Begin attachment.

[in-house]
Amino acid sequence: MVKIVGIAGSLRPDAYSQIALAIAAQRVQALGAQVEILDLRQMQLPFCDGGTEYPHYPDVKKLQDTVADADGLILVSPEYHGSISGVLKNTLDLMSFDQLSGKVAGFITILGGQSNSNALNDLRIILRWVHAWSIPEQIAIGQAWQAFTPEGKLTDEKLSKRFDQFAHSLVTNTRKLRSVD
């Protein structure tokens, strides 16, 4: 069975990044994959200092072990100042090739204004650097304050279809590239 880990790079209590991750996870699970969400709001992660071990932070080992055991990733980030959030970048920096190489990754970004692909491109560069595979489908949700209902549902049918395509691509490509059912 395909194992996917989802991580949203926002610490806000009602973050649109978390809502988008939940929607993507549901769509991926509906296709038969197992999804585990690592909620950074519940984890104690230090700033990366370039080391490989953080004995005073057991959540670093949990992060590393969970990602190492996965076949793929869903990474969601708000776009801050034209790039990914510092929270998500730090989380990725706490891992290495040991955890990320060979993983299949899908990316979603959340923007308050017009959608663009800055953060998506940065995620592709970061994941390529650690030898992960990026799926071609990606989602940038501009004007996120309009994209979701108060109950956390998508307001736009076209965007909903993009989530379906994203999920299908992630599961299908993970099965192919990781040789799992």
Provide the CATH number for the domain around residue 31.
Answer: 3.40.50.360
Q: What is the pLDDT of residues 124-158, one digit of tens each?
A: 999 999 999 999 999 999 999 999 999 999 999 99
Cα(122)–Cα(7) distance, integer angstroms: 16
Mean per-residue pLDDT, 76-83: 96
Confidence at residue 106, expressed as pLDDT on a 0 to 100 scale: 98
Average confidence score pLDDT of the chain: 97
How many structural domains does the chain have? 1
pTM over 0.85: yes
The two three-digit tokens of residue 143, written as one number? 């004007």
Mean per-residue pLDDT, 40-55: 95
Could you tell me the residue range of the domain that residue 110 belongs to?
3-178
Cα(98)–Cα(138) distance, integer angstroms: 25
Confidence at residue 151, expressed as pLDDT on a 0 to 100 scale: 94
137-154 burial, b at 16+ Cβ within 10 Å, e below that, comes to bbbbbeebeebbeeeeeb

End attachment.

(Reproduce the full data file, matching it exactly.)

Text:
[in-house]
Amino acid sequence: MVKIVGIAGSLRPDAYSQIALAIAAQRVQALGAQVEILDLRQMQLPFCDGGTEYPHYPDVKKLQDTVADADGLILVSPEYHGSISGVLKNTLDLMSFDQLSGKVAGFITILGGQSNSNALNDLRIILRWVHAWSIPEQIAIGQAWQAFTPEGKLTDEKLSKRFDQFAHSLVTNTRKLRSVD
């Protein structure tokens, strides 16, 4: 069975990044994959200092072990100042090739204004650097304050279809590239 880990790079209590991750996870699970969400709001992660071990932070080992055991990733980030959030970048920096190489990754970004692909491109560069595979489908949700209902549902049918395509691509490509059912 395909194992996917989802991580949203926002610490806000009602973050649109978390809502988008939940929607993507549901769509991926509906296709038969197992999804585990690592909620950074519940984890104690230090700033990366370039080391490989953080004995005073057991959540670093949990992060590393969970990602190492996965076949793929869903990474969601708000776009801050034209790039990914510092929270998500730090989380990725706490891992290495040991955890990320060979993983299949899908990316979603959340923007308050017009959608663009800055953060998506940065995620592709970061994941390529650690030898992960990026799926071609990606989602940038501009004007996120309009994209979701108060109950956390998508307001736009076209965007909903993009989530379906994203999920299908992630599961299908993970099965192919990781040789799992």
Provide the CATH number for the domain around residue 31.
Answer: 3.40.50.360
Q: What is the pLDDT of residues 124-158, one digit of tens each?
A: 999 999 999 999 999 999 999 999 999 999 999 99
Cα(122)–Cα(7) distance, integer angstroms: 16
Mean per-residue pLDDT, 76-83: 96
Confidence at residue 106, expressed as pLDDT on a 0 to 100 scale: 98
Average confidence score pLDDT of the chain: 97
How many structural domains does the chain have? 1
pTM over 0.85: yes
The two three-digit tokens of residue 143, written as one number? 């004007």
Mean per-residue pLDDT, 40-55: 95
Could you tell me the residue range of the domain that residue 110 belongs to?
3-178
Cα(98)–Cα(138) distance, integer angstroms: 25
Confidence at residue 151, expressed as pLDDT on a 0 to 100 scale: 94
137-154 burial, b at 16+ Cβ within 10 Å, e below that, comes to bbbbbeebeebbeeeeeb